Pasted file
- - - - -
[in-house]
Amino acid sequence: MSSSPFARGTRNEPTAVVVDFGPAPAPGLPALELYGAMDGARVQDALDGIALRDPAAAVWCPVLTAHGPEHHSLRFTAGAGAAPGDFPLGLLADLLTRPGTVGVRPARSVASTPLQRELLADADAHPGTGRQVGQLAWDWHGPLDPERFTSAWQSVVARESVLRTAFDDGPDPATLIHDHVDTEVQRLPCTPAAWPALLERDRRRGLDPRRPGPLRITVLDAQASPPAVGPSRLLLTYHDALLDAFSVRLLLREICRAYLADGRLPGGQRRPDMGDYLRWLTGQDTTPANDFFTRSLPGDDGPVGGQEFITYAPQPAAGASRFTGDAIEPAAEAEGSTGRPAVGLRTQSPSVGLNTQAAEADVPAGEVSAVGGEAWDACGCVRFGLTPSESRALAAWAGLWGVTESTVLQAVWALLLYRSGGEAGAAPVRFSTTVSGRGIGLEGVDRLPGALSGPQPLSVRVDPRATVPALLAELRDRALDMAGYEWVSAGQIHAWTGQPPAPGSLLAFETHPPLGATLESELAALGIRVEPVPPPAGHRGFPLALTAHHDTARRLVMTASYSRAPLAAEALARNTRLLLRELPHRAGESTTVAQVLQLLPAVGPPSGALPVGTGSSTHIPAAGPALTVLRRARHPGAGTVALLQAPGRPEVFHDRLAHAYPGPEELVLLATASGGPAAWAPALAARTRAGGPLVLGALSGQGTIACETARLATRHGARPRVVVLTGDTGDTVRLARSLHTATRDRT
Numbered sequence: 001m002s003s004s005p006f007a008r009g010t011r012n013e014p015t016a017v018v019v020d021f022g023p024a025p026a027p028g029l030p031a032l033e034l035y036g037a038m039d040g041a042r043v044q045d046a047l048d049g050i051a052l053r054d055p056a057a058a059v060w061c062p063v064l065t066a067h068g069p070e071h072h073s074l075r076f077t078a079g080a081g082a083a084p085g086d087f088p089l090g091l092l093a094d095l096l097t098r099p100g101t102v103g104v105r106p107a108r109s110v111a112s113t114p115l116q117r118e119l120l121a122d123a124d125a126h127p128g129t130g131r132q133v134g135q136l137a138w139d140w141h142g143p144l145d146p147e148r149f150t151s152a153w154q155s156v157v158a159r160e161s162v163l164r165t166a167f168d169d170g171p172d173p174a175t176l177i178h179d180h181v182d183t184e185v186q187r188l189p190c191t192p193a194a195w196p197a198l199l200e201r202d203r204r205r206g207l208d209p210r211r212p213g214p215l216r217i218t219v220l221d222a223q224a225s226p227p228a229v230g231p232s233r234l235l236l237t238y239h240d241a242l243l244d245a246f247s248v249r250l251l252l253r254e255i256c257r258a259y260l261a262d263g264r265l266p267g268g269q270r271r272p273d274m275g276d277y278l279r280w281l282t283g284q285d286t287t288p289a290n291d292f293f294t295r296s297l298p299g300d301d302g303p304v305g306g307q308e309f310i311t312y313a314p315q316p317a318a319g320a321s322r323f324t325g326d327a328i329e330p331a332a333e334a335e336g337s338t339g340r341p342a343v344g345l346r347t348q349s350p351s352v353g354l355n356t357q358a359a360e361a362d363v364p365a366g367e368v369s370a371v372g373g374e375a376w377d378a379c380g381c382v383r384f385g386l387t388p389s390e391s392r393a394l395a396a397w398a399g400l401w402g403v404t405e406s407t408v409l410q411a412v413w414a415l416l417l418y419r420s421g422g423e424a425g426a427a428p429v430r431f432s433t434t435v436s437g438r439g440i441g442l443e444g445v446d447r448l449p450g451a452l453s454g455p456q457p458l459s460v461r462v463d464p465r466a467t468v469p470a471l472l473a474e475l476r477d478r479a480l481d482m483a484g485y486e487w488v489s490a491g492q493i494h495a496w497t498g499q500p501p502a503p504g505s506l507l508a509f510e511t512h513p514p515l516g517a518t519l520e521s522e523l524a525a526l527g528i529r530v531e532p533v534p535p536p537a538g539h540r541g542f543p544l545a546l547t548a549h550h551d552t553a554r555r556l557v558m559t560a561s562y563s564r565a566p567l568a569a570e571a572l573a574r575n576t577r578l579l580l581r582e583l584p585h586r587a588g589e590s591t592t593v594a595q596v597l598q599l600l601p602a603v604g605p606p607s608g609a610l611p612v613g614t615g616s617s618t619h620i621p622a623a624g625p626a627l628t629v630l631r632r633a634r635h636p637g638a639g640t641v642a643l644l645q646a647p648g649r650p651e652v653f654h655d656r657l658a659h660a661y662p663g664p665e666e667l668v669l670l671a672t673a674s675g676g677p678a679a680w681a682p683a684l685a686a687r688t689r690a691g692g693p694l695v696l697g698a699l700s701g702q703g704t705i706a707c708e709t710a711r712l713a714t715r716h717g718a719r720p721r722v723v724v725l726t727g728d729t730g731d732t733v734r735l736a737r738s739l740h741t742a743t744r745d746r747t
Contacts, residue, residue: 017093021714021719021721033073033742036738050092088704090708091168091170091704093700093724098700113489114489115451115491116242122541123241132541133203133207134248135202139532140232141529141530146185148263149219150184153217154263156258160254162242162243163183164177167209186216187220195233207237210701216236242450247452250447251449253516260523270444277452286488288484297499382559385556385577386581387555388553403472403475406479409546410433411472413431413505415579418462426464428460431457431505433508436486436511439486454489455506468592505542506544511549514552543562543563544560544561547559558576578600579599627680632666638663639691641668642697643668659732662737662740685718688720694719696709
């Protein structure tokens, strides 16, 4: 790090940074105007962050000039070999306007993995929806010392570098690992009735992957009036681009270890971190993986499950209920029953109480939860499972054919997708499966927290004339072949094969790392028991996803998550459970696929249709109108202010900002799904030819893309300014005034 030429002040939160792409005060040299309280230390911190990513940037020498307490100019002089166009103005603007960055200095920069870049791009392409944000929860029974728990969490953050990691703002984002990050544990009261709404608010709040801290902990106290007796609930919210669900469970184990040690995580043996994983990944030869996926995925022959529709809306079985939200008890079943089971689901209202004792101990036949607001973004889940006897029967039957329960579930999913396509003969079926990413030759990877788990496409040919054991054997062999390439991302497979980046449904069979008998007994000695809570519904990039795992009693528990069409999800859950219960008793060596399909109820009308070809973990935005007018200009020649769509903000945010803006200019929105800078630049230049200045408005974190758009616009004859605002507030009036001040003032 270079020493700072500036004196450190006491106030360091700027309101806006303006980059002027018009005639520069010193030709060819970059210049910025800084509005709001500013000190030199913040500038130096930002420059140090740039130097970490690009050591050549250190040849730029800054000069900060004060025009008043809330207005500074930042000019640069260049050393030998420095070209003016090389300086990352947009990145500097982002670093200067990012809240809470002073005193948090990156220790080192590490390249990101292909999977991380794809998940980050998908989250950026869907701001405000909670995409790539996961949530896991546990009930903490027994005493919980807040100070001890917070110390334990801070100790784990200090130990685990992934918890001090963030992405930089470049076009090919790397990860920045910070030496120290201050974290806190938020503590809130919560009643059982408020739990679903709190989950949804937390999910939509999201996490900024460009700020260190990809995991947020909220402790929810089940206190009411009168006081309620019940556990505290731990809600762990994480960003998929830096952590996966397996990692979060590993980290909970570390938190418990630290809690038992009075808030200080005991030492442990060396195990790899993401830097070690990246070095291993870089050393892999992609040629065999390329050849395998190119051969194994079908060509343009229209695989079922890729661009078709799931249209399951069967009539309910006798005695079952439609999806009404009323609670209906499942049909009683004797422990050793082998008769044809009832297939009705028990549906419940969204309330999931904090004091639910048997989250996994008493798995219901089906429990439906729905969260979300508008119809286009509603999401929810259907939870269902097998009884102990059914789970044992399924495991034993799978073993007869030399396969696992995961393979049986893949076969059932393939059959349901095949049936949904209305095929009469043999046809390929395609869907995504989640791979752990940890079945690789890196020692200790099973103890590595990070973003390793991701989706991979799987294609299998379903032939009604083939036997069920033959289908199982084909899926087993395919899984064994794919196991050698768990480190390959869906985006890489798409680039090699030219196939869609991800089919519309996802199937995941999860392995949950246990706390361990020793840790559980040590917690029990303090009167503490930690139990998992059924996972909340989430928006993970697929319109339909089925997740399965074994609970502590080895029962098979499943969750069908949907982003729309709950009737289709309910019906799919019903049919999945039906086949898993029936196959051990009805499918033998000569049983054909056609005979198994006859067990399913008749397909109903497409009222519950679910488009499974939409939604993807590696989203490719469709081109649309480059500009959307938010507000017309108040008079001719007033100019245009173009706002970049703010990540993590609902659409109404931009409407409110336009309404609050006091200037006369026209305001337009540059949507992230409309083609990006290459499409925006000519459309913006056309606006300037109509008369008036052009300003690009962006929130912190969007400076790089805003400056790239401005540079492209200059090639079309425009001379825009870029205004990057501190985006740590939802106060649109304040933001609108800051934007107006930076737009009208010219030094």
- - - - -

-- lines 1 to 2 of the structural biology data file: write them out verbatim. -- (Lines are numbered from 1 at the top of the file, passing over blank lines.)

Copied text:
[in-house]
Amino acid sequence: MSSSPFARGTRNEPTAVVVDFGPAPAPGLPALELYGAMDGARVQDALDGIALRDPAAAVWCPVLTAHGPEHHSLRFTAGAGAAPGDFPLGLLADLLTRPGTVGVRPARSVASTPLQRELLADADAHPGTGRQVGQLAWDWHGPLDPERFTSAWQSVVARESVLRTAFDDGPDPATLIHDHVDTEVQRLPCTPAAWPALLERDRRRGLDPRRPGPLRITVLDAQASPPAVGPSRLLLTYHDALLDAFSVRLLLREICRAYLADGRLPGGQRRPDMGDYLRWLTGQDTTPANDFFTRSLPGDDGPVGGQEFITYAPQPAAGASRFTGDAIEPAAEAEGSTGRPAVGLRTQSPSVGLNTQAAEADVPAGEVSAVGGEAWDACGCVRFGLTPSESRALAAWAGLWGVTESTVLQAVWALLLYRSGGEAGAAPVRFSTTVSGRGIGLEGVDRLPGALSGPQPLSVRVDPRATVPALLAELRDRALDMAGYEWVSAGQIHAWTGQPPAPGSLLAFETHPPLGATLESELAALGIRVEPVPPPAGHRGFPLALTAHHDTARRLVMTASYSRAPLAAEALARNTRLLLRELPHRAGESTTVAQVLQLLPAVGPPSGALPVGTGSSTHIPAAGPALTVLRRARHPGAGTVALLQAPGRPEVFHDRLAHAYPGPEELVLLATASGGPAAWAPALAARTRAGGPLVLGALSGQGTIACETARLATRHGARPRVVVLTGDTGDTVRLARSLHTATRDRT